Boston: Brick Sidewalks and Boot Scrapers


Edge of Beacon Hill from the Public Gardens

I HAD VISITED BOSTON only twice, so long ago and so briefly I couldn’t even tell you which neighborhoods I was in. So when the time came to plan a little birthday outing for myself, I lit upon the idea of Boston. I was thinking of a magazine picture I kept on my bulletin board for years, of a steep cobbled street in Beacon Hill, with black shutters on red-brick houses. I wanted to see that street.


Hilly Acorn Street in Beacon Hill


Brick sidewalks and boot scrapers


Elegant Louisberg Square in Beacon Hill, onetime home of Louisa May Alcott, present home of John and Theresa Kerry, with townhouses built from 1833-47



Freeestanding mansion on Mt. Vernon Street, Beacon Hill


I did a little advance reading, and discovered that as recently as the 1980s, Boston was a city in decline — losing population and losing heart. And that for a decade or more, the whole downtown area was a miserable construction site, as they dismantled and re-routed the elevated highway that ran through some of the city’s most historic parts. Well, no more. Boston is now scrubbed clean and spiffy, organized and attractive, with obvious pride in itself, its architecture, and its heritage.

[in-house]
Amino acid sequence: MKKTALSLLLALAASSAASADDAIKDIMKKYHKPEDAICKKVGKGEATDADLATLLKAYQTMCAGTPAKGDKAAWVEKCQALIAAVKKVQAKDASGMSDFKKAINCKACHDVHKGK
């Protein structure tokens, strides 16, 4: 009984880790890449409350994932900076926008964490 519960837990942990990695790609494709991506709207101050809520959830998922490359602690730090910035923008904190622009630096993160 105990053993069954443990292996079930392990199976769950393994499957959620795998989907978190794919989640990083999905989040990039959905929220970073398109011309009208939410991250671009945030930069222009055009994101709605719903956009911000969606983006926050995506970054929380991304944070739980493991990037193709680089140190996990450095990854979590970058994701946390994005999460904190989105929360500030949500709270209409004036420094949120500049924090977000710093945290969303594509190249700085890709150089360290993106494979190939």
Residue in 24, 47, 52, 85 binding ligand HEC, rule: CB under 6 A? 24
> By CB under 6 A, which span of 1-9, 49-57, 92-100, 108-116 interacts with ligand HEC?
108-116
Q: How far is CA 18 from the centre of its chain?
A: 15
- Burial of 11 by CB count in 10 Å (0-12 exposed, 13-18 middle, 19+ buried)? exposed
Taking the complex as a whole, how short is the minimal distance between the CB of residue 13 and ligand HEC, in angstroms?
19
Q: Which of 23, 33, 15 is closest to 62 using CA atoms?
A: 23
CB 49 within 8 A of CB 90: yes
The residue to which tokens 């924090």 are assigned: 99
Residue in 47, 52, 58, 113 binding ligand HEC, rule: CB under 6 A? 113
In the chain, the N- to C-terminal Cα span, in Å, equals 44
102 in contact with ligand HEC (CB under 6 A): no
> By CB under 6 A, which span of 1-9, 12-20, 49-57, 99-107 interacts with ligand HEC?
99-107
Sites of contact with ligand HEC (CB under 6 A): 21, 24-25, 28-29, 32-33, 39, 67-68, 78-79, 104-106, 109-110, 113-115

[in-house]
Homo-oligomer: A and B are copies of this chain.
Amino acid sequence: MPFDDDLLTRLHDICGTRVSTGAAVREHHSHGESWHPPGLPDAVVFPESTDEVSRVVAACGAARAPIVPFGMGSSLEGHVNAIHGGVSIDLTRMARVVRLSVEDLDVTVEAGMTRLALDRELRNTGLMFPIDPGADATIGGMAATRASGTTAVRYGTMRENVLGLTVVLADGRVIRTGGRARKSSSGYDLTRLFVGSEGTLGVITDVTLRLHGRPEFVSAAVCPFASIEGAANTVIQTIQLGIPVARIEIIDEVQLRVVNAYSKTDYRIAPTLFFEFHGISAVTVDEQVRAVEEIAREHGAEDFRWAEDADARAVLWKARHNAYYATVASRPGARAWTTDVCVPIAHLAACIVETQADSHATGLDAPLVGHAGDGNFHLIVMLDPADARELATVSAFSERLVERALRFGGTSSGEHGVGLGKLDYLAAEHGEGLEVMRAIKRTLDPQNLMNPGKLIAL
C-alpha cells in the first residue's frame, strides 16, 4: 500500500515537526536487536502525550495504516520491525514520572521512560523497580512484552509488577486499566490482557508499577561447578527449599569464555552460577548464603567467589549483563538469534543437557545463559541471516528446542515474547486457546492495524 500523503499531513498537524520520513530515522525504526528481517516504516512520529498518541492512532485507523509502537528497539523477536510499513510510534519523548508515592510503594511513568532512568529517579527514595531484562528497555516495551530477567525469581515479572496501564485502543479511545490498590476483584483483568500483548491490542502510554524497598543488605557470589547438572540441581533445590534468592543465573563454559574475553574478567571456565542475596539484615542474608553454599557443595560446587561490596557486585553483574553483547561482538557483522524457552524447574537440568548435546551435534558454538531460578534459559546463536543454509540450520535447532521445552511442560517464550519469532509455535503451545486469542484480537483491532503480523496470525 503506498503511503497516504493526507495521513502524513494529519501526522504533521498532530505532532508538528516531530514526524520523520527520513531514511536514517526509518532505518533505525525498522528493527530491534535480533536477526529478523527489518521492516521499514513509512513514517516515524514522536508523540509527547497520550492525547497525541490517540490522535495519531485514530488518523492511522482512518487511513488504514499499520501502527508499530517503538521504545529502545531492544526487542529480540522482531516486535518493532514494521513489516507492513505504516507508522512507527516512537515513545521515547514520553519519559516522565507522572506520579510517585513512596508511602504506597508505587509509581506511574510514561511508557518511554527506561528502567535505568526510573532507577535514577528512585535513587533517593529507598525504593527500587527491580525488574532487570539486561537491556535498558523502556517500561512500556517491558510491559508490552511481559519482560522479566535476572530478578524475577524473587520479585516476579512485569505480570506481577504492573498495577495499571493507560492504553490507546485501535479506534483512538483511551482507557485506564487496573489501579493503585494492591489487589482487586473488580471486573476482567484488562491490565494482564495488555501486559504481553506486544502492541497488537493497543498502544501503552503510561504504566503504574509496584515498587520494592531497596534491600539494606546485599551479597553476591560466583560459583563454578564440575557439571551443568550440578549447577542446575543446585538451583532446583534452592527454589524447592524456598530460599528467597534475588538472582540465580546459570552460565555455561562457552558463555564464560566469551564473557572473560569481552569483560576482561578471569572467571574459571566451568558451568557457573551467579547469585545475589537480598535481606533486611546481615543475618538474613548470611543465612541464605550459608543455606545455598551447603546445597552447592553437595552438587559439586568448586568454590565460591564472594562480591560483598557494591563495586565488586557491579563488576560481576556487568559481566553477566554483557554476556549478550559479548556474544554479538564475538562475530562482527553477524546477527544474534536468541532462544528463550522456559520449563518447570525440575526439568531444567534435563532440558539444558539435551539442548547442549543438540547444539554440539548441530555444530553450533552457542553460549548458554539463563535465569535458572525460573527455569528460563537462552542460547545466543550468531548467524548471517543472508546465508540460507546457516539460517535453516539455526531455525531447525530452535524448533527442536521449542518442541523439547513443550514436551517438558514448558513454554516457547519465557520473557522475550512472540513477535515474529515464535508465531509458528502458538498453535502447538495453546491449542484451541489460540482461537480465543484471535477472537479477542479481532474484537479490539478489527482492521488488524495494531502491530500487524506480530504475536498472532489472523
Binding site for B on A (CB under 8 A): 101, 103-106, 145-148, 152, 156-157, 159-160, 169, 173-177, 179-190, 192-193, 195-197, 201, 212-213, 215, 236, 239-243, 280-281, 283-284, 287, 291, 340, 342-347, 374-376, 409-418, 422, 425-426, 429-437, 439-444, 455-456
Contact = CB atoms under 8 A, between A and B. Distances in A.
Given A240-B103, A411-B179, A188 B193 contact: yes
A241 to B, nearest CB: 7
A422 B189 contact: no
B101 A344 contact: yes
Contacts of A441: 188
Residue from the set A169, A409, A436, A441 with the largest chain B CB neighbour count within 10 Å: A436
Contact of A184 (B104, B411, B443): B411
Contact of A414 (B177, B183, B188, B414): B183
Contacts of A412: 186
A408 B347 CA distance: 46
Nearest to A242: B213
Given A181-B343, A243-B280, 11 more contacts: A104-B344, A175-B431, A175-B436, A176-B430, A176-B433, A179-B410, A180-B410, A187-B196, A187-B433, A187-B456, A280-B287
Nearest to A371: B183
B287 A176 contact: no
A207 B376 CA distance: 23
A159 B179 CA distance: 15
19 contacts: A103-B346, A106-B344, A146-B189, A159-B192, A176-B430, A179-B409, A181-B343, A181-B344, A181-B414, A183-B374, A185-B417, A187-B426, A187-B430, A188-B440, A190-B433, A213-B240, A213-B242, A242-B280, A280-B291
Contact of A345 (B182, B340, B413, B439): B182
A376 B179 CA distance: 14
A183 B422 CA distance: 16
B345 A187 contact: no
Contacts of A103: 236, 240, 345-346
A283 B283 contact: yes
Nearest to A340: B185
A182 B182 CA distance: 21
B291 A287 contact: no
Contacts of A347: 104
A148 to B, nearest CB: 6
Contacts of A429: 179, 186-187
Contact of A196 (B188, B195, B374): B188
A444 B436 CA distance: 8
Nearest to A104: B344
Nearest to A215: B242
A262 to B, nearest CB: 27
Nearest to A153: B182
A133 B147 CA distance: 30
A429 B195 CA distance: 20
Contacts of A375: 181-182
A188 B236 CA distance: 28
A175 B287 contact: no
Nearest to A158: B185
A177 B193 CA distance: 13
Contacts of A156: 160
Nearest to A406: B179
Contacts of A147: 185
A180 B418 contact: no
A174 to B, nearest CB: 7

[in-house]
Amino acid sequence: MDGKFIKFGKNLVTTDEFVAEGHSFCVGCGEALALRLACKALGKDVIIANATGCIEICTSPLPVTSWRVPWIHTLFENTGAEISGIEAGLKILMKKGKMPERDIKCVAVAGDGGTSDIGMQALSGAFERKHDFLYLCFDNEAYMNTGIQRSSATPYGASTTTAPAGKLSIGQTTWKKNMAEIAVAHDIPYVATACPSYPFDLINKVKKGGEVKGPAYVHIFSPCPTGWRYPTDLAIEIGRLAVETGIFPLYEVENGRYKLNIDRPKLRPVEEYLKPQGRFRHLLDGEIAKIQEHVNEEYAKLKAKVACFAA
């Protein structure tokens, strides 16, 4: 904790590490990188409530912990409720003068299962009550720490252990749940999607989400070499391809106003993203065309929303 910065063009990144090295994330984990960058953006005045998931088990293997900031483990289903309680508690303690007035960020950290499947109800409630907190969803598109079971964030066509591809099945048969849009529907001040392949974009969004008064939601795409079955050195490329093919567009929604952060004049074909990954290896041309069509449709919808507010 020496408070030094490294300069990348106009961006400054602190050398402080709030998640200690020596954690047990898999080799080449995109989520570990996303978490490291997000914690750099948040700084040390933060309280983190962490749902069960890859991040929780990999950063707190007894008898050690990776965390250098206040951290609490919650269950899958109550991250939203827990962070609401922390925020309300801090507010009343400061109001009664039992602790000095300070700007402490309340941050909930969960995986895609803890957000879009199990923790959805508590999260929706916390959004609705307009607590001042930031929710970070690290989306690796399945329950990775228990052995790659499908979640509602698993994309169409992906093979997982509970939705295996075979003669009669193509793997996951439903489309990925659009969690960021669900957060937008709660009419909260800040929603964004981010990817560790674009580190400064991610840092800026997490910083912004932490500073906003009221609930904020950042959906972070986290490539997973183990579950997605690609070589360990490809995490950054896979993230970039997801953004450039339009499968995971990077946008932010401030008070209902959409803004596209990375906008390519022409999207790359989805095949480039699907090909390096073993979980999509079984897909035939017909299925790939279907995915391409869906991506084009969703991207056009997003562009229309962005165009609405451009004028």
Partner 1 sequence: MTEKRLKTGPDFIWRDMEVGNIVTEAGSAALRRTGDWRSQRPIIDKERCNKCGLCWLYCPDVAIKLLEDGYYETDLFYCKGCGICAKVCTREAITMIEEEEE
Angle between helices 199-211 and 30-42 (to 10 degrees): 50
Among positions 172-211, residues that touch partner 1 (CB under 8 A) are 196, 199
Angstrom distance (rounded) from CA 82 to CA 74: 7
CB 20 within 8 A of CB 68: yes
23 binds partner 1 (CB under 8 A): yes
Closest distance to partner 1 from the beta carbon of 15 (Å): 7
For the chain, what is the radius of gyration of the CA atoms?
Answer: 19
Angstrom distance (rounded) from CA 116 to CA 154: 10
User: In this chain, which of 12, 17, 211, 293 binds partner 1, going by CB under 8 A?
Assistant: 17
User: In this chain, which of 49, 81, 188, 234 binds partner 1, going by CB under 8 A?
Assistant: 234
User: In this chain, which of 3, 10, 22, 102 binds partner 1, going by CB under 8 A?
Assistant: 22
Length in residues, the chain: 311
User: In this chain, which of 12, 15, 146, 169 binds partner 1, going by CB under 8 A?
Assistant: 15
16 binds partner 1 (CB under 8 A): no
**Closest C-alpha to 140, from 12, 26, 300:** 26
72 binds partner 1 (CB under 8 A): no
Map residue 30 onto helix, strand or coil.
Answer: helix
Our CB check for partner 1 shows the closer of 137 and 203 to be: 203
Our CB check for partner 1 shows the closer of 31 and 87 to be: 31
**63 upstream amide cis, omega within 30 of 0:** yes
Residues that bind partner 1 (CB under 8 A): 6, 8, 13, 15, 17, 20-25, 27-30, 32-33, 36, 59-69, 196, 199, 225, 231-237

The extraordinary 1713 State House in downtown Boston, once seat of the British Colonial government

In a whirlwind day, a friend and I walked through sections of residential Back Bay and Southend, sprawling Victorian neighborhoods that call to mind Park Slope, and Beacon Hill, which has been a National Historic District since the 1950s and whose brick row houses, built in the 1830s and ’40s, have elegant arched doorways and fanlights, curved bowfronts, and fanciful ironwork.



An early frame house in Beacon Hill


Unusual wood facade in Beacon Hill


Wavy window glass on a curved bowfront building facade

To get an inside view of a Beacon Hill townhouse, we toured the four-story Nichols House Museum on Mt. Vernon Street, an 1804 Federal last lived in by Rose Standish Nichols, an ahead-of-her-time women’s rights activist and suffragist who never married and supported herself as a garden designer. The house is filled with arty, eclectic furnishings, faded Oriental rugs, paintings, and accessories brought back from London and other travels.


Staircase in the Nichols House, added later


The dining room, with lincrusta wallpaper and a smallish breakfast table (the last homeowner didn’t entertain much)


Aqua bedroom in the Nichols House


The pink parlor, Nichols House


View of Beacon Hill’s front gardens from the Nichols House

And I had to see the c.1680 Paul Revere House, one of (if not the) oldest standing example of urban architecture in the country, restored in 1908 to its original medieval-English appearance, diamond-paned windows and all. It now looks as it did even before Revere, the silversmith famed for his 1775 night ride to warn American patriots of British troop movements, lived there with his family in the last three decades of the 18th century.


Paul Revere House, the only surviving 17th century building in Boston


Rear view of Paul Revere House